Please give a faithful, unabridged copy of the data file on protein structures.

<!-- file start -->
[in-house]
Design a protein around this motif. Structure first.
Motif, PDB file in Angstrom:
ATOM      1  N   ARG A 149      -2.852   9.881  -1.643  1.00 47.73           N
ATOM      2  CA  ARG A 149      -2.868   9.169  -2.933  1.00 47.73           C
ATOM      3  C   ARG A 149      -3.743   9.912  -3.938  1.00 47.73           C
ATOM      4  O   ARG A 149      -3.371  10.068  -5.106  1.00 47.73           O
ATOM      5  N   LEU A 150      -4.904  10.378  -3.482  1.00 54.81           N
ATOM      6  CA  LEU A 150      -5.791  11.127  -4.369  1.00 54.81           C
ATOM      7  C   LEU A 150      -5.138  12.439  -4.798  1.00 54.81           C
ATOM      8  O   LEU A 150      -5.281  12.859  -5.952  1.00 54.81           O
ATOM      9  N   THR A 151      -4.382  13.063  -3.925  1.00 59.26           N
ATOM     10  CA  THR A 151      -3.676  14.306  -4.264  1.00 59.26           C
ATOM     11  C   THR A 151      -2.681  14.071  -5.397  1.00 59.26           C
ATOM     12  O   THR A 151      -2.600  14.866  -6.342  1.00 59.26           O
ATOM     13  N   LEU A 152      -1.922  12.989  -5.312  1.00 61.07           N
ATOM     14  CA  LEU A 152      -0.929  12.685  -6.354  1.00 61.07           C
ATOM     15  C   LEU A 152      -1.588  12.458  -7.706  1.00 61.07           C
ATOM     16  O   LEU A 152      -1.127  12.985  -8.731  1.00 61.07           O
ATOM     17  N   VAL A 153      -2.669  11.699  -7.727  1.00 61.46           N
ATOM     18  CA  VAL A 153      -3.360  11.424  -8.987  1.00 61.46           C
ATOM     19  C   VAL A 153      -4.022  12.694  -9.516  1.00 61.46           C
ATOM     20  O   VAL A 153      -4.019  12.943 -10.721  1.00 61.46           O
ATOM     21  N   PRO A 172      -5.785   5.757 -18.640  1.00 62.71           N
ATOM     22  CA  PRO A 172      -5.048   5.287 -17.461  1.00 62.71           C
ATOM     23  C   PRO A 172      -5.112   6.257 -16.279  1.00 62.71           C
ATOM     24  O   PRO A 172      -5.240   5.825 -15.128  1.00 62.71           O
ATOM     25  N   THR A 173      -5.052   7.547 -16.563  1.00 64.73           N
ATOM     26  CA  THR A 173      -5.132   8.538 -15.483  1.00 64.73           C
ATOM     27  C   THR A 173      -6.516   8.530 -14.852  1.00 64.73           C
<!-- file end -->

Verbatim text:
[in-house]
Design a protein around this motif. Structure first.
Motif, PDB file in Angstrom:
ATOM      1  N   ARG A 149      -2.852   9.881  -1.643  1.00 47.73           N
ATOM      2  CA  ARG A 149      -2.868   9.169  -2.933  1.00 47.73           C
ATOM      3  C   ARG A 149      -3.743   9.912  -3.938  1.00 47.73           C
ATOM      4  O   ARG A 149      -3.371  10.068  -5.106  1.00 47.73           O
ATOM      5  N   LEU A 150      -4.904  10.378  -3.482  1.00 54.81           N
ATOM      6  CA  LEU A 150      -5.791  11.127  -4.369  1.00 54.81           C
ATOM      7  C   LEU A 150      -5.138  12.439  -4.798  1.00 54.81           C
ATOM      8  O   LEU A 150      -5.281  12.859  -5.952  1.00 54.81           O
ATOM      9  N   THR A 151      -4.382  13.063  -3.925  1.00 59.26           N
ATOM     10  CA  THR A 151      -3.676  14.306  -4.264  1.00 59.26           C
ATOM     11  C   THR A 151      -2.681  14.071  -5.397  1.00 59.26           C
ATOM     12  O   THR A 151      -2.600  14.866  -6.342  1.00 59.26           O
ATOM     13  N   LEU A 152      -1.922  12.989  -5.312  1.00 61.07           N
ATOM     14  CA  LEU A 152      -0.929  12.685  -6.354  1.00 61.07           C
ATOM     15  C   LEU A 152      -1.588  12.458  -7.706  1.00 61.07           C
ATOM     16  O   LEU A 152      -1.127  12.985  -8.731  1.00 61.07           O
ATOM     17  N   VAL A 153      -2.669  11.699  -7.727  1.00 61.46           N
ATOM     18  CA  VAL A 153      -3.360  11.424  -8.987  1.00 61.46           C
ATOM     19  C   VAL A 153      -4.022  12.694  -9.516  1.00 61.46           C
ATOM     20  O   VAL A 153      -4.019  12.943 -10.721  1.00 61.46           O
ATOM     21  N   PRO A 172      -5.785   5.757 -18.640  1.00 62.71           N
ATOM     22  CA  PRO A 172      -5.048   5.287 -17.461  1.00 62.71           C
ATOM     23  C   PRO A 172      -5.112   6.257 -16.279  1.00 62.71           C
ATOM     24  O   PRO A 172      -5.240   5.825 -15.128  1.00 62.71           O
ATOM     25  N   THR A 173      -5.052   7.547 -16.563  1.00 64.73           N
ATOM     26  CA  THR A 173      -5.132   8.538 -15.483  1.00 64.73           C
ATOM     27  C   THR A 173      -6.516   8.530 -14.852  1.00 64.73           C